The CDMO industry entered 2021 with six companies with revenues in excess of $1 billion, and 11 companies with revenues of $500 million to $1 billion, of which three may cross the $1-billion mark by year-end. By comparison, at the beginning of the last decade, only two CDMOs had revenues greater than $1 billion and no more than five were in excess of $500 million.

But the industry can hardly be said to be mature. With the explosion of the drug-development pipeline, record funding of emerging biopharma companies, and vast new opportunities such as gene and cell therapies, the industry can look forward to continued rapid growth. Further, it can’t really be said to be consolidating, as some of its largest and fastest-growing participants, such as Samsung Biologics and Fujifilm Diosynth, didn’t even exist 10 years ago.

Still, size is becoming of increasing importance for companies trying to compete and be successful as CDMOs. And with size comes the challenge of how to maintain the high rate of growth necessary to maintain high valuations; after all, CDMO stocks trade on their growth expectations, not on their ability to generate free cash flow. It’s that growth imperative that drives the massive investments in new capacity, especially in emerging fields such as cell and gene therapy, and it has implications for M&A, as any target with revenues under $100 million hardly moves the needle for a $1-billion-plus buyer.

The need to invest in large increments, whether for internal capacity expansion or by acquisitions, means companies must have access to deep sources of capital. Large public CDMOs, such as Lonza, Catalent and Thermo Fisher Scientific, have direct access to public equity and bond markets, as well as major bank financing while companies such as Fujifilm Diosynth and Minaris (a unit of Hitachi) have publicly traded parents with direct capital market access. For the rest of the industry, having the backing of a financing entity such as a PE firm would seem to be critical for sustained competitiveness, the larger the better.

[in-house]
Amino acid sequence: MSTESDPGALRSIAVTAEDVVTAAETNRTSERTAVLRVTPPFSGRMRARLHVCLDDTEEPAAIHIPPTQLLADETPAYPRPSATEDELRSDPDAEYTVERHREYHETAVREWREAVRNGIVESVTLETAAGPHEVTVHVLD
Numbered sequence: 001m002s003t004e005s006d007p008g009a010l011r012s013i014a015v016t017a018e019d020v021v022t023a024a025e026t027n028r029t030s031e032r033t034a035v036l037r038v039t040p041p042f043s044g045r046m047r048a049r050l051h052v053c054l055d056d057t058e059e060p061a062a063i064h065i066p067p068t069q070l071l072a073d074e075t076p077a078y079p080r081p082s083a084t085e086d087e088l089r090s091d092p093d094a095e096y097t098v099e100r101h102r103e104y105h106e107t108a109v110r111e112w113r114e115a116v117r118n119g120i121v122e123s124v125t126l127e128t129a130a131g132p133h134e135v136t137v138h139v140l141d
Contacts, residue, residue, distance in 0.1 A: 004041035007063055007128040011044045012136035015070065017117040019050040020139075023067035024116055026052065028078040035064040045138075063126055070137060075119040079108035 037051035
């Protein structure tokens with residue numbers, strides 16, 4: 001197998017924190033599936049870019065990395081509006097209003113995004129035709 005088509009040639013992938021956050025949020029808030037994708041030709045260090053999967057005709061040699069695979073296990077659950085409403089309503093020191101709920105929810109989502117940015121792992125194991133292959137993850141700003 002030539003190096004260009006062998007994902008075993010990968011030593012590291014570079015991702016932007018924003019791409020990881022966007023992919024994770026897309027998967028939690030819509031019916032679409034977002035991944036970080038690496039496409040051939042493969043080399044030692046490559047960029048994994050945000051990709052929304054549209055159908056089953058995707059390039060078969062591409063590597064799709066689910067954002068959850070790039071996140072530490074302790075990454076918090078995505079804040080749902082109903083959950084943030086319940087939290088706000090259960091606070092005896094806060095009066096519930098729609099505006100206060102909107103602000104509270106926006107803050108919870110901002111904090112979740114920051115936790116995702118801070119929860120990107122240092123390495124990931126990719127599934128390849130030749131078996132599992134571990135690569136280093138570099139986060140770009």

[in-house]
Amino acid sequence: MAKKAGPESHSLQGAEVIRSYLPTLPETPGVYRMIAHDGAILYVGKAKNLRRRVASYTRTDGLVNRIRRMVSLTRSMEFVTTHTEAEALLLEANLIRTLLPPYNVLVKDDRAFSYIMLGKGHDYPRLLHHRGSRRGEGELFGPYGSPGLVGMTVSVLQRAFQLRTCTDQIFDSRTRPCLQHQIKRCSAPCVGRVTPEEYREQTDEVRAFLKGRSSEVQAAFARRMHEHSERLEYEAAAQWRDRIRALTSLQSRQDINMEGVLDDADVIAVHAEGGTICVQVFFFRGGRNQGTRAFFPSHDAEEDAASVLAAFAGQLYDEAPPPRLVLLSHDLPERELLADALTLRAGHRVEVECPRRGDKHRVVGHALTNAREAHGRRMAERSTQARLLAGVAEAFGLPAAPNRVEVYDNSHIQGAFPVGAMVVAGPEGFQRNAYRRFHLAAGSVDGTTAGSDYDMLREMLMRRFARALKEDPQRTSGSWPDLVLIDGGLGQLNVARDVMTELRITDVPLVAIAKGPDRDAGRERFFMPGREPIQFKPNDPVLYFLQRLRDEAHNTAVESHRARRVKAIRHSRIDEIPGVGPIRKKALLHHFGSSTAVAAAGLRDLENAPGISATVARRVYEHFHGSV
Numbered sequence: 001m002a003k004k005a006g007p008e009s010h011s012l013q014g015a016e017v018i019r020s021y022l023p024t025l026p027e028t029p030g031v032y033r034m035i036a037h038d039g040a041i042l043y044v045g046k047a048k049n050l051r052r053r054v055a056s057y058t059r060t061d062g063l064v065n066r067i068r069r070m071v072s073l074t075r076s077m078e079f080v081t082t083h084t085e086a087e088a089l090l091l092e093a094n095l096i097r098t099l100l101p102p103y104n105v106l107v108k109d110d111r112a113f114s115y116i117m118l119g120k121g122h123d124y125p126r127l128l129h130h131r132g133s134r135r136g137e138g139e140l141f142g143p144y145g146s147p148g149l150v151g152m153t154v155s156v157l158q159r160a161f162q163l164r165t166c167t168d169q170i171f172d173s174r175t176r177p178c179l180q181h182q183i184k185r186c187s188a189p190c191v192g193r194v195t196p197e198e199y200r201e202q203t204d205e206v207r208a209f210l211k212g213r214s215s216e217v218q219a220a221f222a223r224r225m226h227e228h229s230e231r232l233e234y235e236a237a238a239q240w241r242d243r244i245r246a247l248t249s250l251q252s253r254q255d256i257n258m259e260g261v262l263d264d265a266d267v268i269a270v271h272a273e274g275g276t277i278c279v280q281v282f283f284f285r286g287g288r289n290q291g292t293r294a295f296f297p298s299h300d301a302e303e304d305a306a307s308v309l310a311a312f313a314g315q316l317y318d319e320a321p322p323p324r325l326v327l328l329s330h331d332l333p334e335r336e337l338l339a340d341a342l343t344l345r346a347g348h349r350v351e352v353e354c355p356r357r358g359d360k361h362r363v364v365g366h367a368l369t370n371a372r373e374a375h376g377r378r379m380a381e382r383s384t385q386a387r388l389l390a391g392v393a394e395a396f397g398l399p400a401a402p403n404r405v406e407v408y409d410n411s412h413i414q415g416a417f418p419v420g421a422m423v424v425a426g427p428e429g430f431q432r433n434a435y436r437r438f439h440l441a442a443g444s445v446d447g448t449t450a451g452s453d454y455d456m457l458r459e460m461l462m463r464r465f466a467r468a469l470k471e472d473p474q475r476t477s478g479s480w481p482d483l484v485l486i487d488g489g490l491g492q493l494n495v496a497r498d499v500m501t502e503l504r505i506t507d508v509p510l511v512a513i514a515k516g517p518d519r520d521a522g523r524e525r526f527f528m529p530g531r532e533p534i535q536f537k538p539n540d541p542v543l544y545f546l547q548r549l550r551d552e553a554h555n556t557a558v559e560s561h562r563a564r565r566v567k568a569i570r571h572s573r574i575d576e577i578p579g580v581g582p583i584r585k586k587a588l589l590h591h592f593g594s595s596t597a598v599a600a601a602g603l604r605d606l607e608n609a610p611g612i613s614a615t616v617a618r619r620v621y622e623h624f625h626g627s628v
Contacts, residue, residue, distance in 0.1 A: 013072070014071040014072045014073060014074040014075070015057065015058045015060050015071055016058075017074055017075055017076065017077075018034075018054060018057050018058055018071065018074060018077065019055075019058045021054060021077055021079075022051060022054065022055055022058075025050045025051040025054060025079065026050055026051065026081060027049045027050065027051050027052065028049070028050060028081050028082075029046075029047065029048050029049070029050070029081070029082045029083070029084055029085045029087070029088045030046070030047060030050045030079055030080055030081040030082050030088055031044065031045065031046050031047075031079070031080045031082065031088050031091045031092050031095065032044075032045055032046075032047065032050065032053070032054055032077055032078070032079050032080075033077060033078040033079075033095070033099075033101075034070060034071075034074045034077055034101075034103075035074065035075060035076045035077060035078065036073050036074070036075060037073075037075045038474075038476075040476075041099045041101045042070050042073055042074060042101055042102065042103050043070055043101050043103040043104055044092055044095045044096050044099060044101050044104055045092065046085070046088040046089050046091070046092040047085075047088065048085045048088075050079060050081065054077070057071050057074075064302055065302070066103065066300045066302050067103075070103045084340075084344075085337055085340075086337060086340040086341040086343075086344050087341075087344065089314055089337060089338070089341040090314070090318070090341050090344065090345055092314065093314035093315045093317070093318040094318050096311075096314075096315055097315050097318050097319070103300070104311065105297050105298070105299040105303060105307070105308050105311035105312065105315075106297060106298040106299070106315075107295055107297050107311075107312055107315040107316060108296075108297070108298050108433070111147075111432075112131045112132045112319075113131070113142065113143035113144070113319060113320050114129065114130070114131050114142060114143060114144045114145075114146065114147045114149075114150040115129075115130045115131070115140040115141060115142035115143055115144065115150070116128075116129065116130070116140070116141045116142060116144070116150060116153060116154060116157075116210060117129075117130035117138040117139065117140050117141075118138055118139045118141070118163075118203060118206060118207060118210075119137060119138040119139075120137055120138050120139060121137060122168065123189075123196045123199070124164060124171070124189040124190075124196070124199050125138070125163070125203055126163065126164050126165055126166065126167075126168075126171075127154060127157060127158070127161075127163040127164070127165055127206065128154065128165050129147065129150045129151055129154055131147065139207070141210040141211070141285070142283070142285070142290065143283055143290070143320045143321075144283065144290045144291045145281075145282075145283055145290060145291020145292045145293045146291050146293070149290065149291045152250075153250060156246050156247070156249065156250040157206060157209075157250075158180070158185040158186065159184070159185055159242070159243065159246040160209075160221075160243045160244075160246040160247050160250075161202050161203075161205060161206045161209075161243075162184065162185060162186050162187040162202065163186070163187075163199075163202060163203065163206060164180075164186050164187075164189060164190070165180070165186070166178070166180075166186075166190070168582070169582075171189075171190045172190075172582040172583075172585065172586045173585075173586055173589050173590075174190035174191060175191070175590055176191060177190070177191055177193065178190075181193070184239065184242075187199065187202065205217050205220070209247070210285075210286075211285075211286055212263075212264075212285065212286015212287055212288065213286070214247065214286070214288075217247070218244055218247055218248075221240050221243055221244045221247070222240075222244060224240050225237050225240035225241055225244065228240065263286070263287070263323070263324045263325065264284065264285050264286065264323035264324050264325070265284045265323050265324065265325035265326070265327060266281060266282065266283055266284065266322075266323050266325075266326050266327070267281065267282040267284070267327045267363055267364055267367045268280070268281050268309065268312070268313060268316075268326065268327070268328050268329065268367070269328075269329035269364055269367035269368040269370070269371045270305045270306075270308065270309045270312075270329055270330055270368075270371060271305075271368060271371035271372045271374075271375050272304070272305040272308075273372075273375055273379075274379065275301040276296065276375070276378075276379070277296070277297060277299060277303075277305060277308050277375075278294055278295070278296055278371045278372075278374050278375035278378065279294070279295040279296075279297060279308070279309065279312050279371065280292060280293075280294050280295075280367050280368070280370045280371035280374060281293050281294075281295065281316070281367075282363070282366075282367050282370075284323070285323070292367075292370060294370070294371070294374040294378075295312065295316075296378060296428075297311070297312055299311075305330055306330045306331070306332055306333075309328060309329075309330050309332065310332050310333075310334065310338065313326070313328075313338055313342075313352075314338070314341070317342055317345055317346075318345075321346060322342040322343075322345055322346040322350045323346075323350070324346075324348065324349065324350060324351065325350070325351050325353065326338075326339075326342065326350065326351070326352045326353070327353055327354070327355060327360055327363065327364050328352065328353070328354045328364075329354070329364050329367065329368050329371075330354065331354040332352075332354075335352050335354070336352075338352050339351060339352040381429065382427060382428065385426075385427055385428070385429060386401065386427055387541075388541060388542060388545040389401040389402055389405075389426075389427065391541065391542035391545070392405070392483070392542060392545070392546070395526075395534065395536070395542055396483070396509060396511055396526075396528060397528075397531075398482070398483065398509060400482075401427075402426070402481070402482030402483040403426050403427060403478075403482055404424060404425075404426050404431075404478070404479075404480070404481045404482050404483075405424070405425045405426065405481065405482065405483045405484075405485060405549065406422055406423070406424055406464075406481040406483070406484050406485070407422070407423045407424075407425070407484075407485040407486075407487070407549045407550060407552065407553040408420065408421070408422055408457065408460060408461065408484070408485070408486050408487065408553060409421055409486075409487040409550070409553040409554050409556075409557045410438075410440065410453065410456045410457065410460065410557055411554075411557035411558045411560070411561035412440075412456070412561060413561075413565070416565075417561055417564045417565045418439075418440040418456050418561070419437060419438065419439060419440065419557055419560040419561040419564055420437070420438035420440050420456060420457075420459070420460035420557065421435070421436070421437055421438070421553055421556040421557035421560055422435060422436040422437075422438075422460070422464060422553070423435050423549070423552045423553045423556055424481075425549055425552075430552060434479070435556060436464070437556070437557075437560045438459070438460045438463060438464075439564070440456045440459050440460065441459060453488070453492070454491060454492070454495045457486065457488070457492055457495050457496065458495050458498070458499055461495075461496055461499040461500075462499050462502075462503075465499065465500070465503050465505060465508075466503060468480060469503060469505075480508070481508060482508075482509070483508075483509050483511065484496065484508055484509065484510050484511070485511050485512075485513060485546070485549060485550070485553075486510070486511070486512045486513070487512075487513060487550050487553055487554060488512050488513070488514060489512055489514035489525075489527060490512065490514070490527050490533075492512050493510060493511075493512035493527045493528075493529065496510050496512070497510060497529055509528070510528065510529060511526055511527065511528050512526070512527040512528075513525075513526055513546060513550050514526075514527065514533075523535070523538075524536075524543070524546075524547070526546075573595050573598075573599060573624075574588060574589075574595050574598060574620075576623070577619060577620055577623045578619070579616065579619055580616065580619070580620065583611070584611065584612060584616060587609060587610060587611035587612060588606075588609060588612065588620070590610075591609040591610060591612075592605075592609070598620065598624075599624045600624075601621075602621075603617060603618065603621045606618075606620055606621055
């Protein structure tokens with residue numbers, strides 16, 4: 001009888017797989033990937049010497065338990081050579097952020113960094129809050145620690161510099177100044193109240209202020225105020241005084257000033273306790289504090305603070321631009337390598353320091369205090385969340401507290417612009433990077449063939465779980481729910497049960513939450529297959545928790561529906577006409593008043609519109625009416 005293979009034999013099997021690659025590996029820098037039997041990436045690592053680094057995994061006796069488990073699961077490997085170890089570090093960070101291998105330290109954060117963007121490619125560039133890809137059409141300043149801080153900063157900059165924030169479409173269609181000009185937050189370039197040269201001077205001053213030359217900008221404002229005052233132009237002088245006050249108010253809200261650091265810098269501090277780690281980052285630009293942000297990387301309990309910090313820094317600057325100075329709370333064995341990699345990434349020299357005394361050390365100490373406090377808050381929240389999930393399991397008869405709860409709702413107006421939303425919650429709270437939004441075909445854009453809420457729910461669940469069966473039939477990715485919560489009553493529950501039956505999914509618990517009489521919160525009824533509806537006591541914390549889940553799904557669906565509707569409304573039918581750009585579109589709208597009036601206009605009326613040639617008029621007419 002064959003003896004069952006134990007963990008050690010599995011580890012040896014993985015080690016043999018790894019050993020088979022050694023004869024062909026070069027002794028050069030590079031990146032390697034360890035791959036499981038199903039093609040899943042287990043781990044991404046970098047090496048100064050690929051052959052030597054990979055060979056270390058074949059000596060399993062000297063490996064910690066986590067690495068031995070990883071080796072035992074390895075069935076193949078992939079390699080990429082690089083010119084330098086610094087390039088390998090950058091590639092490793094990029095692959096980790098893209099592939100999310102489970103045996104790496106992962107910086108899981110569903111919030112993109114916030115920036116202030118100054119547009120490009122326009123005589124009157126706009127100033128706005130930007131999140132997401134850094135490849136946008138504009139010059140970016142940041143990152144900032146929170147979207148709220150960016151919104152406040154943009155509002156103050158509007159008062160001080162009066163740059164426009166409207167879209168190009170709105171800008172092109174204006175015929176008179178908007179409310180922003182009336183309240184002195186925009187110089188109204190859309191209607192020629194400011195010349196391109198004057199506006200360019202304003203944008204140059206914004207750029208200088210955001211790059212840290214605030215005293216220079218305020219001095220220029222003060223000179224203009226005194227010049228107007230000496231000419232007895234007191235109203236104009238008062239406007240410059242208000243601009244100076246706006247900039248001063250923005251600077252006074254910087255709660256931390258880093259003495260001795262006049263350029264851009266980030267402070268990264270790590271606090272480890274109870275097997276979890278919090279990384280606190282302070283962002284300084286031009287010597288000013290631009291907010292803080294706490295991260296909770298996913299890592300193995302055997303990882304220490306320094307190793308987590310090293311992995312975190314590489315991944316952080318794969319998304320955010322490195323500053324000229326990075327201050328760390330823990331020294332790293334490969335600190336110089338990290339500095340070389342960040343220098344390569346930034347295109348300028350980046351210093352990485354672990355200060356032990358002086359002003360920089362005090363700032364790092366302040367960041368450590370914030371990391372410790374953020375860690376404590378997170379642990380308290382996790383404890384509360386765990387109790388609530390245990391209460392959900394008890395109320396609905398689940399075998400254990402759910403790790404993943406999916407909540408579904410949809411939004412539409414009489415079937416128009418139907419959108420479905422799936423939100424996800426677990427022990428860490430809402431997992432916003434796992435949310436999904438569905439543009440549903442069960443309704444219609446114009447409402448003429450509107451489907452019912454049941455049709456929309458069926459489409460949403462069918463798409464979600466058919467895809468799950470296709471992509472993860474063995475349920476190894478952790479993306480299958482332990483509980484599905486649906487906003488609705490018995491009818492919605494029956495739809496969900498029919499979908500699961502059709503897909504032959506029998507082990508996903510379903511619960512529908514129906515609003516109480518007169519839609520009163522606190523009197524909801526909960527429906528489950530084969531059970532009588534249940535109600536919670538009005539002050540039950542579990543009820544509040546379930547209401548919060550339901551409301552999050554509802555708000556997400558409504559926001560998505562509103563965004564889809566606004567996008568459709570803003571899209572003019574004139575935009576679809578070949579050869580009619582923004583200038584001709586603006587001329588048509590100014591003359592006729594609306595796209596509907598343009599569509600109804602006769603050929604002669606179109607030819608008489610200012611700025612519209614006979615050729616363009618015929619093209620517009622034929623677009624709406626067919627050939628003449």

The size challenge creates a special problem for mid-size CDMOs, which are defined as those with revenues of $250 million up to $1 billion. Mid-size companies can struggle because they lack the economies of scale of larger companies and the nimbleness and specialty depth of smaller ones. Some mid-size companies have stumbled in recent years when they tried to close the scale gap, overpaying for ill-conceived acquisitions and failing to integrate them properly to harvest economies of scale. Robust demand may stave off the strategic challenges of mid-size companies for a while, but mergers between mid-size companies may be an attractive option in the future.

The other big challenge facing fast-growing CDMOs will be human capital. The availability of qualified staff has been getting increased coverage in the industry and business press. Clinical CROs have been tackling this problem for years; they have spent heavily to recruit and train clinical research professionals, but continue to face high turnover as experienced people are recruited away. CDMOs will face similar challenges, and for CDMOs in rapidly growing segments, such as cell and gene therapy, competition from global biopharma companies is likely to compound the problem and be expensive.

The CDMO industry is coming into the most exciting period I have witnessed in my 25 years following the industry. While opportunities will be ample, every industry participant will have to be on its game to thrive in the long term.